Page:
The USDA’s Animal and Plant Health Inspection Service (APHIS) confirmed the detection of Bovine Spongiform Encephalopathy (BSE) in a dairy cow from Tulare, California, last week, the nation's fourth case of BSE. The cow was never presented for slaughter for human consumption; it was targeted for postmortem screening at a rendering facility near its home farm in California, according to the USDA.
After the announcement on April 24th, NMPF issued a statement saying that “America’s dairy farmers are encouraged that the on-going surveillance and inspections performed by federal authorities continue to ensure that BSE does not enter the U.S. food supply.”
This is the fourth mad cow case in the U.S. since December 2003, when a cow imported from Canada was diagnosed at slaughter. The two cases since then, along with this recent case in California, were infected with an atypical strain of BSE that does not appear to be related to the consumption of feed infected with the prions that cause BSE. It was infected feed which spread the disease to nearly 200,000 cattle in Europe in the 1980s and 1990s, where approximately 176 people later contracted a fatal encephalopathy from eating tainted beef products.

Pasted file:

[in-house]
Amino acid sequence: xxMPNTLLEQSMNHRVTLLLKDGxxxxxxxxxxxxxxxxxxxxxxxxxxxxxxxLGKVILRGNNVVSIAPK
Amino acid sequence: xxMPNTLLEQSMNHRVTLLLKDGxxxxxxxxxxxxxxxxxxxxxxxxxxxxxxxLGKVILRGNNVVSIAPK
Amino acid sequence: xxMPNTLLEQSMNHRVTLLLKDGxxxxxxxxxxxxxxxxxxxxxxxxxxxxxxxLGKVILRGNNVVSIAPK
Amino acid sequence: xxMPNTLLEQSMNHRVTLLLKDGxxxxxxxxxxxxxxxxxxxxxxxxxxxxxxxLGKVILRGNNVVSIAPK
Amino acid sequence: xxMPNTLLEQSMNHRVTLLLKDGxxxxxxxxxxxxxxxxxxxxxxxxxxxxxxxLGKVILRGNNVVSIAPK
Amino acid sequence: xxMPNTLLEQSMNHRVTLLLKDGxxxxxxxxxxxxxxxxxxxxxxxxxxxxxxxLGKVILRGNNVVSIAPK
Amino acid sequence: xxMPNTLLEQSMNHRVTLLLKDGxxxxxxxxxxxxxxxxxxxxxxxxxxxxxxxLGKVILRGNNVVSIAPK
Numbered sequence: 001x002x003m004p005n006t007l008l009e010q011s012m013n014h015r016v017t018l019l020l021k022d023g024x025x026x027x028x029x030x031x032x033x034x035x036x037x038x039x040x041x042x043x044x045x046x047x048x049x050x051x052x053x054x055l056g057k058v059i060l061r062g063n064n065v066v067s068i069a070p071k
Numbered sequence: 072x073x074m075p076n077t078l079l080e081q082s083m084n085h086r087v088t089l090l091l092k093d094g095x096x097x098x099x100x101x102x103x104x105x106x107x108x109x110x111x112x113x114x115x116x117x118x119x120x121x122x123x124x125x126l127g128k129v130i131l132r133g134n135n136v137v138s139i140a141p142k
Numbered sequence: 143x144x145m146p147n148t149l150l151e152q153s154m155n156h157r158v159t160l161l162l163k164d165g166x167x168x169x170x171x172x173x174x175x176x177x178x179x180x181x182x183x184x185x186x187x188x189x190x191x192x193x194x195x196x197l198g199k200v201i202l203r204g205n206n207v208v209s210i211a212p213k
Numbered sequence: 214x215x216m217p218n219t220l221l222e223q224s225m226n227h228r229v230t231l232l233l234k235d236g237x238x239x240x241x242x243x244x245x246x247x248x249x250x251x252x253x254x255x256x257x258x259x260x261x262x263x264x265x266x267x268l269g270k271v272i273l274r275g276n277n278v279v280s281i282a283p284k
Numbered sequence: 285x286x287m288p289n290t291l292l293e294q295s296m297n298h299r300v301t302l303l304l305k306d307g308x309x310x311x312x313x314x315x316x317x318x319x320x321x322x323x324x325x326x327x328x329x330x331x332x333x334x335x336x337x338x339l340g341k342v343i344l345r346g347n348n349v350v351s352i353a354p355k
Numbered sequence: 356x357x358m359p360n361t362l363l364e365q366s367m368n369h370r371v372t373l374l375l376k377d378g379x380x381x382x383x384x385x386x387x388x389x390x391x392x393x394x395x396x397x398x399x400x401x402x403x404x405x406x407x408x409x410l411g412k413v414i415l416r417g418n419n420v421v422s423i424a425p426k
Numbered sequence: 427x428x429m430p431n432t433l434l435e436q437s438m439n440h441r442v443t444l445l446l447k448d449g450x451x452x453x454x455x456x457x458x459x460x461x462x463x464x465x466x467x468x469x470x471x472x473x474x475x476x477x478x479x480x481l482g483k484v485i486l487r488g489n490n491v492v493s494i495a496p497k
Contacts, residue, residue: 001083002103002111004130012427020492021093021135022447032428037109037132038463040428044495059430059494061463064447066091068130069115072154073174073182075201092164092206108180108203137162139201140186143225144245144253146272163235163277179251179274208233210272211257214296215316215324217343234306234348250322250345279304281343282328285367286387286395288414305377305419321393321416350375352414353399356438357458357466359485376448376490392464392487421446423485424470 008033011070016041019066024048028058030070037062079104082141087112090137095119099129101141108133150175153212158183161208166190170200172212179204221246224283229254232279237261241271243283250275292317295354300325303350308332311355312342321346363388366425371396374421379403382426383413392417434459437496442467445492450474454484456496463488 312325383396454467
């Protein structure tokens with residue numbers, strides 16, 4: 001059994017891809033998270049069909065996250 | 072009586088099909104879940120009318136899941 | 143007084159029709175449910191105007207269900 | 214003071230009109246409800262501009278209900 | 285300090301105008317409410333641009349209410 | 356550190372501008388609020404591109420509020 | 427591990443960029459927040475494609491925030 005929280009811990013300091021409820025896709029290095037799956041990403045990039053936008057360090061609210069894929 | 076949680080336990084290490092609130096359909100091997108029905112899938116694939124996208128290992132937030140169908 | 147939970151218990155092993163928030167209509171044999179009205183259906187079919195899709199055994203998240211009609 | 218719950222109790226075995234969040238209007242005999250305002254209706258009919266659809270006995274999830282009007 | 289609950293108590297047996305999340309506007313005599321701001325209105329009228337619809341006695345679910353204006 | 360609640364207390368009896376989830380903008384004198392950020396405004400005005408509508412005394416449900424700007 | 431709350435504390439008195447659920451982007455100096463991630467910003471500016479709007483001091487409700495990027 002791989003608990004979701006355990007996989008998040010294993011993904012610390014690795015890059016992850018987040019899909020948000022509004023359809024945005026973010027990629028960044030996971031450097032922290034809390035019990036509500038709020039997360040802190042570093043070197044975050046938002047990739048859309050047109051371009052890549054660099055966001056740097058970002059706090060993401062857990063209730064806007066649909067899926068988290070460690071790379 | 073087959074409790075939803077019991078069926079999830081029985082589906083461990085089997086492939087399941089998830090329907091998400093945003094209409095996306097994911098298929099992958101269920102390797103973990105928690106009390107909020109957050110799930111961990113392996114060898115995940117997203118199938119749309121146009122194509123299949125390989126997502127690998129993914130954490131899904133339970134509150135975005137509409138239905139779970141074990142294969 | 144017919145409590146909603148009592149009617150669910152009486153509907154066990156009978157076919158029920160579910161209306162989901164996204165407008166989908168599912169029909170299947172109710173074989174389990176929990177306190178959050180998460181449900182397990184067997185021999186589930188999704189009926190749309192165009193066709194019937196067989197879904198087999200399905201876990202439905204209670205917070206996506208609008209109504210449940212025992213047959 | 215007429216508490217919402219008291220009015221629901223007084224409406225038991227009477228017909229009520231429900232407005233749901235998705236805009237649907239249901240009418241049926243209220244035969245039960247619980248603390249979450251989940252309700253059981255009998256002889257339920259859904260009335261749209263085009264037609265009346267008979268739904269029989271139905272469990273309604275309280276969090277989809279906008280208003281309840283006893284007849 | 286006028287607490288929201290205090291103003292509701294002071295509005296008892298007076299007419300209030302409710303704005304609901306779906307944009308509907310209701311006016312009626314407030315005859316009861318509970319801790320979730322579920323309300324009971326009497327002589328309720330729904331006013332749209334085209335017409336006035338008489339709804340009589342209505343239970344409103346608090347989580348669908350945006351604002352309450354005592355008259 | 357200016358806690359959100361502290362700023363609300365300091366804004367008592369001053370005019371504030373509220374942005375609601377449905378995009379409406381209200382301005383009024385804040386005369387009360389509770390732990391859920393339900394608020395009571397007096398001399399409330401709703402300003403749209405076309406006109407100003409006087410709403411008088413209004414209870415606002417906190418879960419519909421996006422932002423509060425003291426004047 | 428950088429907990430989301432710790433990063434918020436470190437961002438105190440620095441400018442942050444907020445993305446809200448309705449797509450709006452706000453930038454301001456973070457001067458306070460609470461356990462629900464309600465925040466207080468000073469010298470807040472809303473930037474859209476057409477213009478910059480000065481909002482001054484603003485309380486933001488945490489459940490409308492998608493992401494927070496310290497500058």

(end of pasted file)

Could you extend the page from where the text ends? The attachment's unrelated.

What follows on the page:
Scientific research indicates that BSE cannot be transmitted in cow's milk, even if the milk comes from a cow with BSE. In fact, the World Health Organization (WHO) has stated that tests on milk from BSE- infected cows have not shown any BSE infectivity. Milk and milk products are considered safe.